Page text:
Mr Babalola stressed that the vaccine is available at primary health care centres in the state at no cost to prevent the spread of the virus especially at the time that school’s resumption is in the offing.
Court Orders Resident Doctors to Suspend Strike
By Sodeinde Temidayo David
**As NARD Appeals Ruling
The National Industrial Court of Nigeria has ordered the Nigerian Association of Resident Doctors (NARD) to suspend their strike action and go back to work immediately, pending the determination of the substantive suit.
The order followed a suit filed by the federal government to challenge the legality of the industrial action, which commenced August 2.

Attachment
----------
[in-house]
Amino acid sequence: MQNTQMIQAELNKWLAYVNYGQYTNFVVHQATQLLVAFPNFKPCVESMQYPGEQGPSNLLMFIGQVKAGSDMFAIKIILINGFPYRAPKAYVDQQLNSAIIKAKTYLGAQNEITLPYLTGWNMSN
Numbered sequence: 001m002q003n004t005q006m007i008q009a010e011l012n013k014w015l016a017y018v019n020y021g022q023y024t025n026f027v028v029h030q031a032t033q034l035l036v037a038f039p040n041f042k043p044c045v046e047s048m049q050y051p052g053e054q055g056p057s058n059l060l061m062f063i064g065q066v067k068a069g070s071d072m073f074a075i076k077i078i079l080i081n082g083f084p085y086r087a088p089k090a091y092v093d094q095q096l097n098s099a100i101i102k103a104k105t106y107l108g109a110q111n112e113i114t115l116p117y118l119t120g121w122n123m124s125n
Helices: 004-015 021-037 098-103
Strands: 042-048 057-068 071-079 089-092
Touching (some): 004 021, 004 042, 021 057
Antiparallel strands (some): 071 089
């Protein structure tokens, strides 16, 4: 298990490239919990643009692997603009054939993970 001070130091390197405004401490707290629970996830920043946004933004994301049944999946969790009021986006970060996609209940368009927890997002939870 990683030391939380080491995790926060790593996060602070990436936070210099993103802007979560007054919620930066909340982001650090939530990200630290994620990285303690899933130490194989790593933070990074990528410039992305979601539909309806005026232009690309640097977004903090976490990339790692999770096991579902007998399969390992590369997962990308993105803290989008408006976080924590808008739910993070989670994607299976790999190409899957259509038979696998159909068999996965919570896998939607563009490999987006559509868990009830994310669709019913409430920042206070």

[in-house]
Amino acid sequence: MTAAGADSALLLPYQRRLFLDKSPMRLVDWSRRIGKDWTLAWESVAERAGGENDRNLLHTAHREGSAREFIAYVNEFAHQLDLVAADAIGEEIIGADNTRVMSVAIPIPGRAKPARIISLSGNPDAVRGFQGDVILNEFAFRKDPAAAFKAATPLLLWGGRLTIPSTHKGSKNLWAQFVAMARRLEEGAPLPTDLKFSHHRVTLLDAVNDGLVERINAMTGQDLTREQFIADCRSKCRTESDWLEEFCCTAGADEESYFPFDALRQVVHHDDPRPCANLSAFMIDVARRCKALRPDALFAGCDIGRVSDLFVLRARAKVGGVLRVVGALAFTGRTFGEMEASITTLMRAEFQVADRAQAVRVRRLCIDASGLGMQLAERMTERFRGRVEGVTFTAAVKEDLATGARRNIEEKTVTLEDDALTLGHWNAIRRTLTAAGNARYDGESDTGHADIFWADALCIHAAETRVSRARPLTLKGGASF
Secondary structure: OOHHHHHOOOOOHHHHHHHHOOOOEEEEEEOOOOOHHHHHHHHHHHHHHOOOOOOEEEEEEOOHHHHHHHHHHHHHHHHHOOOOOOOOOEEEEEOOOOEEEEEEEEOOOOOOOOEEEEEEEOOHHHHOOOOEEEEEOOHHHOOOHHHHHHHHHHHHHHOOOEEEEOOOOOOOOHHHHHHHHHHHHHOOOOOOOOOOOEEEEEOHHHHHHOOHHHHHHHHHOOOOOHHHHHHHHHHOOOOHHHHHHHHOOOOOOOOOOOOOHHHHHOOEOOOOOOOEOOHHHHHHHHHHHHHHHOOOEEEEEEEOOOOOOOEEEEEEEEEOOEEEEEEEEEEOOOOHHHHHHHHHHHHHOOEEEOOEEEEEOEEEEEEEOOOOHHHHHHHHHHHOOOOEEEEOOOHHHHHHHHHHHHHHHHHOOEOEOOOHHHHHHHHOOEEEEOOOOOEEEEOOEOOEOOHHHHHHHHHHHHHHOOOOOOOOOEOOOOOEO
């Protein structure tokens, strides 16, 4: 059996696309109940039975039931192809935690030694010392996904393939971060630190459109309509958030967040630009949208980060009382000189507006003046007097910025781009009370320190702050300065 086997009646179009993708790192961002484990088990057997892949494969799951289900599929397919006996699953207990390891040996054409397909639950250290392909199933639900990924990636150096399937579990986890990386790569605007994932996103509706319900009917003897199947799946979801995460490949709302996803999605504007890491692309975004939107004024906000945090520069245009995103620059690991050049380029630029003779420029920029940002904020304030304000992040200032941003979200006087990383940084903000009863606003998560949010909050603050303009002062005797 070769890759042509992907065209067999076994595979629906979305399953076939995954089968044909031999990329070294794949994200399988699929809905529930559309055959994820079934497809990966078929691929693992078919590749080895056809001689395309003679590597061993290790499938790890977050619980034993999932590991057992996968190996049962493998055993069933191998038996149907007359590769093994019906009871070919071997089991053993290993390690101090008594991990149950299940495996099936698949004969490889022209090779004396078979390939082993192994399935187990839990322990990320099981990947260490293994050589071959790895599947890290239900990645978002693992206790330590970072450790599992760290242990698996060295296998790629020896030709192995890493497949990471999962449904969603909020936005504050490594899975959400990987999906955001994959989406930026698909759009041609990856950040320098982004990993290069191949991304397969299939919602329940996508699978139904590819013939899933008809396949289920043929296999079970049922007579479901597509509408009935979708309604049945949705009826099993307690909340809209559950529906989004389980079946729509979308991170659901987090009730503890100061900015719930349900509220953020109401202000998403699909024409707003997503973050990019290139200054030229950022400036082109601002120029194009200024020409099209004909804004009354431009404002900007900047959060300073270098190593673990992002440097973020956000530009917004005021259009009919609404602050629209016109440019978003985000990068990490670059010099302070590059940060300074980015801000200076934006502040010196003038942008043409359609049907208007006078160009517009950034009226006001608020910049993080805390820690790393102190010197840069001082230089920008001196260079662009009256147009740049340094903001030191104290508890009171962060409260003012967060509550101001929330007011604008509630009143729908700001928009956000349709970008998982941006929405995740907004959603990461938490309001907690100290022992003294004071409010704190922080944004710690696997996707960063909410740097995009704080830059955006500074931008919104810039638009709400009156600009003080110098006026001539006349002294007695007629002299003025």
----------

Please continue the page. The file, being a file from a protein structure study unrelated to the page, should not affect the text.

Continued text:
Justice Bashar Alkali, while ruling on the matter on Friday, also asked all parties to return to the negotiating table.
Counsel to the federal government, Mr Tochukwu Maduka, alongside the Federal Ministry of Health, noted that resident doctors embarked on the strike action, without proper notice as provided by the extant strike laws.
According to Mr Maduka, resident doctors are persons who provide essential services and cannot embark on strike as continuing to do so will pile hardship on citizens.
He also prayed the court to compel the members of NARD nationwide to return to their duty posts, pending the determination of the substantive suit.
Opposing this, the counsel to the resident doctors, Mr Femi Aborishade, urged the court to discountenance their application, arguing that the life of a medical doctor was not less useful than the life of an average human being.